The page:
Less Talk More Action in Advanced Analytics

Does it seem like leadership is begging for data-driven decisions, AI, Machine learning and Advanced Analytics, but it’s all talk?  A culture shift like this takes education and change management, starting from the top.  Here are some of the top excuses when it comes to Data Science Initiatives and how to help change their mind.

 

1. “That’s not in our budget.”

Identifying an outcome that has ROI or cost savings is helpful to stand up against the inevitable budget questions. 

For example, identifying product cross-sell opportunities may increase current customer value by 3%.  Over even 100 customers this may add up pretty quickly. 

 

2. “Our clients/shareholders/board of directors will never go for it.”

Getting a data science initiative approved is not like purchasing software.  A single piece of software isn’t going to get you answers to all your business questions. Shift your language:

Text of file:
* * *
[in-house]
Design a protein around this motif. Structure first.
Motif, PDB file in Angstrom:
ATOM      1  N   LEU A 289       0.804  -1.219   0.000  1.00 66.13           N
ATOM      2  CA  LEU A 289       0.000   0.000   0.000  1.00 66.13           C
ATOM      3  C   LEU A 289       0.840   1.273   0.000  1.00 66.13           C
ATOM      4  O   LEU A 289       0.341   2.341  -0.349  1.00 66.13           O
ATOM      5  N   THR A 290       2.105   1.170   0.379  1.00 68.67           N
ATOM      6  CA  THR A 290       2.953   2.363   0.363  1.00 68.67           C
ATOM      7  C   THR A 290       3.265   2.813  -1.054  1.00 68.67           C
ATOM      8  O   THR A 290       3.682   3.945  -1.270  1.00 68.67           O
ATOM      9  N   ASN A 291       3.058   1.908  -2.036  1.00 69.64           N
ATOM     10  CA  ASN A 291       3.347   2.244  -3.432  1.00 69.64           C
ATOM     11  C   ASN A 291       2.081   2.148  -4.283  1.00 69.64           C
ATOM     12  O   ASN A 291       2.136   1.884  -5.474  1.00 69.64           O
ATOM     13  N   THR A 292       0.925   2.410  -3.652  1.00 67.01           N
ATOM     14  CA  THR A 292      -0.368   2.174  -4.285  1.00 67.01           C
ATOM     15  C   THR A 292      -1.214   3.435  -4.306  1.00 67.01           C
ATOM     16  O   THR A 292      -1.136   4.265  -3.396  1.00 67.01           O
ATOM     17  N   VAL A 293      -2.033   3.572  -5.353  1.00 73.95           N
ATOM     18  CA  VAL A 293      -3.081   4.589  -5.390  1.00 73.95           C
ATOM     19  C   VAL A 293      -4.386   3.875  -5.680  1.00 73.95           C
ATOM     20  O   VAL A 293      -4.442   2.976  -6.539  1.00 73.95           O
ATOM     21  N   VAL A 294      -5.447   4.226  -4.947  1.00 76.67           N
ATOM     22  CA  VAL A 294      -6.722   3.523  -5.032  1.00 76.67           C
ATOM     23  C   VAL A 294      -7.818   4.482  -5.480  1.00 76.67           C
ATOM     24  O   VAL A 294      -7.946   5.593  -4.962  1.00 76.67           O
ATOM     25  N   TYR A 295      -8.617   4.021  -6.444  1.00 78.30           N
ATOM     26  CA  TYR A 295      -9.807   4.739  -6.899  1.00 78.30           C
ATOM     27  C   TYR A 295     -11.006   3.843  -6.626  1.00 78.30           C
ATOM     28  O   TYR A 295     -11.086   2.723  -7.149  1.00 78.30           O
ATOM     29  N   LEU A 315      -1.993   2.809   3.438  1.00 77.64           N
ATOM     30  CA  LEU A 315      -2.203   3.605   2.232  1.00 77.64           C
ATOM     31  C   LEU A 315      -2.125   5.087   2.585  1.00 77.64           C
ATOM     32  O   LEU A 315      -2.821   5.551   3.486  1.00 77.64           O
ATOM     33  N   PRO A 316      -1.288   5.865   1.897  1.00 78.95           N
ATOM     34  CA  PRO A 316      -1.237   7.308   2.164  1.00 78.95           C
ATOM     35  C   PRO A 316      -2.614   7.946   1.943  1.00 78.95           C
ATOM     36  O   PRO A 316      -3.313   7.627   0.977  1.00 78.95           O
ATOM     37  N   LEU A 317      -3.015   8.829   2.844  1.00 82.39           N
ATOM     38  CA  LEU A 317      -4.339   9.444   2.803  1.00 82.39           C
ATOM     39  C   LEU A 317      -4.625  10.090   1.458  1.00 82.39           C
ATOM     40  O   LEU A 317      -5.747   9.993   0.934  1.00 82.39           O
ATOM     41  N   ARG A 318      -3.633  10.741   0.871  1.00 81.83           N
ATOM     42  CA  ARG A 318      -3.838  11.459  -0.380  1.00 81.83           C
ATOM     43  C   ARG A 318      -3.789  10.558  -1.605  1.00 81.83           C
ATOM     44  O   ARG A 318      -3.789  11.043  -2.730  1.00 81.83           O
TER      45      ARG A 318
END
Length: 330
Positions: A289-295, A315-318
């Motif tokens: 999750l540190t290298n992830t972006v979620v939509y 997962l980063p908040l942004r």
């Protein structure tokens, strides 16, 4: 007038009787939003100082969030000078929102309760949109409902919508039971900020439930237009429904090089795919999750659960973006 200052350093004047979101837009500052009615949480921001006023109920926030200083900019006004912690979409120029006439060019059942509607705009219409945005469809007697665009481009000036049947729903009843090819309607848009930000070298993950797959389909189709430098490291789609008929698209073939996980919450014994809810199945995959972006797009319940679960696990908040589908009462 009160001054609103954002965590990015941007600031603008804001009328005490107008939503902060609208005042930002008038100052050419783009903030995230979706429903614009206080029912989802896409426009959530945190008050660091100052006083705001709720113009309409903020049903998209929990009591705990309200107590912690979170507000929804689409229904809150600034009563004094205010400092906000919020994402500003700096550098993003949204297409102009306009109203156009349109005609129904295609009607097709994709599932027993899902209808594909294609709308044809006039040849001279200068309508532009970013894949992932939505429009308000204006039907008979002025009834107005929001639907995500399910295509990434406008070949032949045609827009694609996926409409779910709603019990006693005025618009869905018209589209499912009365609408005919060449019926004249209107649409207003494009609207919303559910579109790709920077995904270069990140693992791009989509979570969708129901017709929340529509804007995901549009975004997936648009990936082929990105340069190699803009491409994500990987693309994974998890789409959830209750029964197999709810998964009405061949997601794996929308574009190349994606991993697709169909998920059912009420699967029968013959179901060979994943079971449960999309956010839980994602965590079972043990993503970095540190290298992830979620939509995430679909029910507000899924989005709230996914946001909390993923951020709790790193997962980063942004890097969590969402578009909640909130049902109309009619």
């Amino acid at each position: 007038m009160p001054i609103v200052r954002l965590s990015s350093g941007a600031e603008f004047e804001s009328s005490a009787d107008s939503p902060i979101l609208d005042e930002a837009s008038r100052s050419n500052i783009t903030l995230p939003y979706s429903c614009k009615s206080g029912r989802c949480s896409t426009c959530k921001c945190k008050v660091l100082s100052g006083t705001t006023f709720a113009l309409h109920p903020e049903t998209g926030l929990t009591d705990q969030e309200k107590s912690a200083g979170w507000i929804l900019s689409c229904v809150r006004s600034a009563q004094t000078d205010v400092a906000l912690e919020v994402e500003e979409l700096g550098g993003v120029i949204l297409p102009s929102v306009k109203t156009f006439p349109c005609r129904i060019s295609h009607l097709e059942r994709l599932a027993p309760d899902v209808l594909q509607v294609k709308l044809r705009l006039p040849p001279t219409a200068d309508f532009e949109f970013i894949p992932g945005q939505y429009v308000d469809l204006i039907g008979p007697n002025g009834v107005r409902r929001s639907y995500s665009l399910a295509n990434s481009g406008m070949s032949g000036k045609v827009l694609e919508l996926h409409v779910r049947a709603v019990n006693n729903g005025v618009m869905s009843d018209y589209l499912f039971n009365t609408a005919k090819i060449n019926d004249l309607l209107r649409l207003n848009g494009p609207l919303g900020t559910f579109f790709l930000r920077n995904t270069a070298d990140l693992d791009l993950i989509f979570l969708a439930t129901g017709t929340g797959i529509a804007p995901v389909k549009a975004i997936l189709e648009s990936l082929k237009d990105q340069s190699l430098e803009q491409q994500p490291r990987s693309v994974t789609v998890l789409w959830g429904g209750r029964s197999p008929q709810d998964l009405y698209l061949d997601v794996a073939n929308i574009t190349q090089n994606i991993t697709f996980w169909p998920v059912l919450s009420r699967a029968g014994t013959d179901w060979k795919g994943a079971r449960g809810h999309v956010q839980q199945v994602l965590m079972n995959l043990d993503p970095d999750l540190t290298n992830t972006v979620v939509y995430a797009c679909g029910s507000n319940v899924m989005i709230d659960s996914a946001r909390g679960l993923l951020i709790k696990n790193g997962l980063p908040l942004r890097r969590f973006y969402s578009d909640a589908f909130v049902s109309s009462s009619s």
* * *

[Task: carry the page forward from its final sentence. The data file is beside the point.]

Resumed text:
You aren’t “buying a tool”, you’re “buying a competency.” 

This is an investment in creating the foundation to answer important questions.  Those questions and outcomes should directly align with leadership’s goals/roadmap.

For example, an analytics tool won’t give you any predictions. However,  an analytics tool combined with analysts that know how to use it could build an analysis that predicts potential churn in your most valuable customers?

 

“But we already tried that once…and failed!”

Data Science is changing quickly.  New tools are making it more accessible every day to gather & analyze data, share insights and implement outcomes faster.  While the previous attempts may have “failed” they provide great insight into the organizational gaps that need to be handled for a successful implementation.

I can’t tell you how many times we help companies correct this example: Your data scientist created a great predictive model that nobody trusts. We correct this by investing in collaboration tools and including team members with deep business knowledge that will not only accelerate the process but ultimately make a more accurate model.

Do any of these sound familiar? If so, we can help. Let's chat.